13 Biting Facts About Our Favorite Munchies That Have Us Rethinking Snack Time

List Rules
Vote up the most biting facts about your favorite snack foods.

No one thing makes for a great snack. If salty treats are your thing, you might crave pretzels and popcorn. Sweet tooths prefer candy and cookies, while for some, a box of macaroni and cheese or bowl of cereal does the trick.

Whatever favorite snack you grab, you may not give it much thought - especially if you're on the go. We did look into facts about our favorite snack time goodies, however, and learned some pretty jaw-dropping and stomach-turning information. Vote up the tidbits with the most bite.  


  • 1
    774 VOTES

    Kraft Macaroni & Cheese Contains 'Plasticizers'

    Phthalates, also called "plasticizers," are chemicals used to increase the durability of plastic. They're also found in soap, shampoo, vinyl flooring - and Kraft Macaroni & Cheese. 

    In 2017, a study funded by four advocacy groups found "the phthalate concentrations in powder from mac and cheese mixes were more than four times higher than in block cheese and other natural cheeses like shredded cheese, string cheese, and cottage cheese."

    Out of the 30 products tested, nine were made by Kraft and all had phthalates. Phthalates are believed to block testosterone production, potentially inhibiting the development of male fetuses as well as contributing to infertility.

    In 2018, the FDA indicated no studies showed any connection between phthalates "and adverse health effects," but also stated, "It's not clear what effect, if any, phthalates have on human health."

    As of 2021, Kraft had not removed phthalates, but that same year, General Mills committed to eliminating phthalates from some of its first boxed macaroni and cheese products.

    774 votes
  • 2
    590 VOTES

    Powdered Doughnuts Can Be Covered In The Same Stuff You'd Find In Paint

    Titanium dioxide is added to all kinds of products to make their white appearance brighter. First used for white coloring in 1923, it's been used in paint, ceramics, textiles, and personal care products. You'll find titanium dioxide in ranch dressing, suntan lotions, deodorants, candy, and the powdered sugar found on donuts.

    Titanium dioxide is considered to be safe in the USHostess uses it in Donettes, and Tastykake includes it in mini donuts, but Dunkin' took titanium dioxide out of its doughnuts in 2015. In May 2020, the European Food Safety Authority decided titanium dioxide was no longer safe as a food additive.

    590 votes
  • The official name for "popcorn lung" is bronchiolitis obliterans. The condition results from scar tissue accumulating on the lungs, which, in turn, causes coughing and difficulty breathing. Bronchiolitis obliterans is irreversible. 

    Inhaling chemicals is often the cause of popcorn lung, including chemicals used in microwave popcorn. Diacetyl, used to flavor microwave popcorn, has been linked to the condition. Diacetyl is also found in wine, candy, and other products that have a buttery taste or aroma.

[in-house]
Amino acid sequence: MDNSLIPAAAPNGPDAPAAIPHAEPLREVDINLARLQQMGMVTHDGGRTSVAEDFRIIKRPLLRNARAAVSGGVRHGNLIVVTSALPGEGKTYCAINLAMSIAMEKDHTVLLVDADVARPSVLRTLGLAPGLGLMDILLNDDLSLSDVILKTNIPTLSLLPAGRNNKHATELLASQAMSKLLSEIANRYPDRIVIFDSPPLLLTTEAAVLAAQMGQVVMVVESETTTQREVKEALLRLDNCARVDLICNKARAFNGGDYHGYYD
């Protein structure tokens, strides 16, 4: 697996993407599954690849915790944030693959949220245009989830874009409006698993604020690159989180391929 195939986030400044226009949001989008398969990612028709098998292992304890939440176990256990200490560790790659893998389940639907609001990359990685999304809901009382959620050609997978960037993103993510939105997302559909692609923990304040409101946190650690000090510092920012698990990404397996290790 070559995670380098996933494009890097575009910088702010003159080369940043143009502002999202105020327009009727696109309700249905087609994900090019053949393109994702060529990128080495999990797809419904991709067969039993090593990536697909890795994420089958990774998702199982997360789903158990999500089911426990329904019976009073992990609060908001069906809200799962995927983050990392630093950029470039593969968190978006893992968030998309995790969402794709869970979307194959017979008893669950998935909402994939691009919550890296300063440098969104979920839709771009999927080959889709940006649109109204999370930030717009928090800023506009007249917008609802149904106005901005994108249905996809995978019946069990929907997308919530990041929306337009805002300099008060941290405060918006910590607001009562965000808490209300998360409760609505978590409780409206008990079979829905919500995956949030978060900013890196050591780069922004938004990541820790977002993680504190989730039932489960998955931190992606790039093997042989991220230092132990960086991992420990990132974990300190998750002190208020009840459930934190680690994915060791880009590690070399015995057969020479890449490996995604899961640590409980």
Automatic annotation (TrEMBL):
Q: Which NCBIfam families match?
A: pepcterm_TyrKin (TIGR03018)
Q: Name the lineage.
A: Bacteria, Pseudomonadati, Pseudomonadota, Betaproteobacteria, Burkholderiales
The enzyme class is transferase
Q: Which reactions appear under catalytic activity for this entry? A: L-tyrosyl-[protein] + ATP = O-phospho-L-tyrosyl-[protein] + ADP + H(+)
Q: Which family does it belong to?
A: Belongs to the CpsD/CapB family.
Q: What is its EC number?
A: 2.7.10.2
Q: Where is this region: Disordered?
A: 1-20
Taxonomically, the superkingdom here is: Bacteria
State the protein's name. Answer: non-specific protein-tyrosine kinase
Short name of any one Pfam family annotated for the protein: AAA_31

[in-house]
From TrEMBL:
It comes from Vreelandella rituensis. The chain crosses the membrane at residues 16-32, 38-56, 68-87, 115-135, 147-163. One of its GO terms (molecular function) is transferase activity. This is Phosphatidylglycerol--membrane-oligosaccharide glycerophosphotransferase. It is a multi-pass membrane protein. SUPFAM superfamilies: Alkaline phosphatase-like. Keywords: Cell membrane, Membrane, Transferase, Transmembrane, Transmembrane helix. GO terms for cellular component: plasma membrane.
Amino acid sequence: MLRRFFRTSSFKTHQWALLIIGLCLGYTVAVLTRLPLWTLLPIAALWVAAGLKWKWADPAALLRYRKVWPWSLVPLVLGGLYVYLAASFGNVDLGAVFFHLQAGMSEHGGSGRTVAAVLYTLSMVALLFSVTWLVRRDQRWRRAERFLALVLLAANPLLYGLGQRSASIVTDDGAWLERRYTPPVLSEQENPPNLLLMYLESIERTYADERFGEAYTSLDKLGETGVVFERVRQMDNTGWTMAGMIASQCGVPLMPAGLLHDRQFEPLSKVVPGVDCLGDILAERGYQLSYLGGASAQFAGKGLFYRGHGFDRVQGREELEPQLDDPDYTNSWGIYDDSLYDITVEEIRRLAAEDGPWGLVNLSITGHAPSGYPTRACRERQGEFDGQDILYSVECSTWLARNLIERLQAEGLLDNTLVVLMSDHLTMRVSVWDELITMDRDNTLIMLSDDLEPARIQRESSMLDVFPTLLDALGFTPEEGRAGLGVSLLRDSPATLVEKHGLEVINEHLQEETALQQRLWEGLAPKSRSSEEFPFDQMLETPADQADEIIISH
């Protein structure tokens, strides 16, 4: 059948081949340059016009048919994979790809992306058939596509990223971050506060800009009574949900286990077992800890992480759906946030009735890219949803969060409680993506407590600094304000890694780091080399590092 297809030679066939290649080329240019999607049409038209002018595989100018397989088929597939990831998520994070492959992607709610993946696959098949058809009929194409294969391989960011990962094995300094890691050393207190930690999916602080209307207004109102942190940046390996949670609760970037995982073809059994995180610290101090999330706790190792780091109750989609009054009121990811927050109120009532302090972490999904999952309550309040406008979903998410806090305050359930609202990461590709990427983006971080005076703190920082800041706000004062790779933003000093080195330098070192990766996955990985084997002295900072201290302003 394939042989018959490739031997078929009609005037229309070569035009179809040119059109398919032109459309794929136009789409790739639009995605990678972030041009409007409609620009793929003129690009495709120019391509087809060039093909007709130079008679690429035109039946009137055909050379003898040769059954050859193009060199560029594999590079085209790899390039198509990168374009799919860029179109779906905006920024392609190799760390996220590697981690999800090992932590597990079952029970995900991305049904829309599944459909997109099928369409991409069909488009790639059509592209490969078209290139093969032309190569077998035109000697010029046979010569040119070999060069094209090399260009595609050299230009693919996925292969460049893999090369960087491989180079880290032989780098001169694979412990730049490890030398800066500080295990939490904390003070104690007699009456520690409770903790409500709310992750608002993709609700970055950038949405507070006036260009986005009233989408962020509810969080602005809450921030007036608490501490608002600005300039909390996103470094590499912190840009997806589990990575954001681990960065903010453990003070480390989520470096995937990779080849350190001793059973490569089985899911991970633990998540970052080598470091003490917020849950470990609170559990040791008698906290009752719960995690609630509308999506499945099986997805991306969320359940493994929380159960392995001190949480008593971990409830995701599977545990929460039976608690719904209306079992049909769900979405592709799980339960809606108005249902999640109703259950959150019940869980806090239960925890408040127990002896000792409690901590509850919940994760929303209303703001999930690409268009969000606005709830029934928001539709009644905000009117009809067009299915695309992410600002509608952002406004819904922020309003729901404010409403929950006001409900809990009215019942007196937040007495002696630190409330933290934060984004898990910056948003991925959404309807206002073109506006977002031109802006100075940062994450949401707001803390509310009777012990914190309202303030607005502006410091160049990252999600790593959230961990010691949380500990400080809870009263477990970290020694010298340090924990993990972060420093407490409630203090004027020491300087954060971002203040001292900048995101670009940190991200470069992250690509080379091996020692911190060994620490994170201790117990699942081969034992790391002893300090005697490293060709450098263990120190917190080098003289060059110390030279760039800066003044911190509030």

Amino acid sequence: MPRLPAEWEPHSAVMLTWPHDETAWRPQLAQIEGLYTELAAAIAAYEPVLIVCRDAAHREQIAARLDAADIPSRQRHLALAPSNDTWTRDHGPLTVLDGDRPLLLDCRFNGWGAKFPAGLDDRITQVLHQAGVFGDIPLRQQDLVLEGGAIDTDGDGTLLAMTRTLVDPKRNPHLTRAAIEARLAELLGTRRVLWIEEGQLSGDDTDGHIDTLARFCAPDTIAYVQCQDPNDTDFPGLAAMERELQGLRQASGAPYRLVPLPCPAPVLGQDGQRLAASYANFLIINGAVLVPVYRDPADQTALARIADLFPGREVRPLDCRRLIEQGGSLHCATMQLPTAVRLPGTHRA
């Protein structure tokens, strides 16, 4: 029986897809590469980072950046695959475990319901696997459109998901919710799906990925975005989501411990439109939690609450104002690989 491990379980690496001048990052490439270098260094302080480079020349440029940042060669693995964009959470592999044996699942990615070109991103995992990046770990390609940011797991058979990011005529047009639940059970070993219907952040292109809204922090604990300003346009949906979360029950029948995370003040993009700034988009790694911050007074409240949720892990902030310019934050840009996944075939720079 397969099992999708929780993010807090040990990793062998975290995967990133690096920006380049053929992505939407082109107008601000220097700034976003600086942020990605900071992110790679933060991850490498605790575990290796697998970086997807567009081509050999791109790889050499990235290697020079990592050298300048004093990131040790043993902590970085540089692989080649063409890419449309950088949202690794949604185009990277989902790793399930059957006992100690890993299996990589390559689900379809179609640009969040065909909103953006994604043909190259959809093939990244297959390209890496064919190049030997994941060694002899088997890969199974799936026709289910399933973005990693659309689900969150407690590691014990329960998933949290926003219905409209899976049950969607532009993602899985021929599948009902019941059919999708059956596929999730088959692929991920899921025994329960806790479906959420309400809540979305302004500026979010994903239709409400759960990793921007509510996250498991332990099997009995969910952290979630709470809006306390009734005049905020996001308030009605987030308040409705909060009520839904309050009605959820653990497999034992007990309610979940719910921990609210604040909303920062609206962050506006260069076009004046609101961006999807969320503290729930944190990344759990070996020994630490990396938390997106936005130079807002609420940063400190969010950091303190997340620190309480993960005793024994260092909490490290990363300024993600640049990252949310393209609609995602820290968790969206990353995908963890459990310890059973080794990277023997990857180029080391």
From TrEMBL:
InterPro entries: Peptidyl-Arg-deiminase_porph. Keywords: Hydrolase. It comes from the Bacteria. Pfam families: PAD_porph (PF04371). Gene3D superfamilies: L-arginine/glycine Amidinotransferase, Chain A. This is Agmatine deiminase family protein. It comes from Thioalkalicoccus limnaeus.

Eric Peoples, who worked at a microwave popcorn factory in Missouri, was awarded $20 million in 2004 after developing popcorn lung. In 2012, Wayne Watson of Colorado was awarded $7.2 million after the court decided his popcorn lung was caused by breathing in the butter-flavored air from bags of microwave popcorn. Watson ate two bags of microwave popcorn each day for 10 years

    686 votes
  • 4
    439 VOTES

    Soft Pretzels May Be Bathed In Lye

    Lye, or sodium hydroxide, is used in cleansers due to its highly caustic properties. Lye can also be found in candle-making and glass-frosting processes, and in some instances has been used to dissolve human or animal remains. An additional use for lye is in baking - although it's done so sparingly and with extreme caution

    One of the most common baking applications for lye is in pretzels. Dipping pretzels into a lye bath before baking gives them a dark, shiny look. 

    It's important to note food-grade lye should be used in baking. 

    439 votes
  • 5
    511 VOTES

    Candy Coating Is Made Out Of Bug Ooze

    Shellac, or confectioner's glaze, keeps candy and other sweets shiny. Among the candies coated with shellac are candy cornMilk Duds, and Raisinets. It serves as a varnish of sorts, one that's derived from the secretions of the lac bug (Kerria lacca) - hence the name.

    The secretions that serve as the basis for shellac start when female lac absorb sap host trees as food. When they lay eggs, they excrete the sap and, when air combines with the excretions, it becomes hard. This, in theory, protects the eggs, but is also when observers scrape the coating off the trees, refine it, and process it for a variety of products. 

    Shellac isn't exclusively used in candy, however. It is also found on fruit and vegetables, coffee beans, and even medications

    511 votes
  • 6
    404 VOTES

    (Almost) No Veggies Were Harmed In The Making Of Veggie Straws

    Purported to be a healthier alternative to potato chips, veggie straws and veggie chips are made out of carrots, beets, radishes, and leafy vegetables - sometimes.

    In 2017, Sensible Portions, the makers of Garden Veggie Straws, were sued because their product lacked substantive amounts of vegetables. The ingredients include potato starch, potato flour, oil, spinach powder, tomato paste, and other vegetable derivatives for color. 

    The case was ultimately dismissed because calling veggie straws a "vegetable and potato snack" was accurate in its description of "the most prevalent ingredients" in the product. 

    404 votes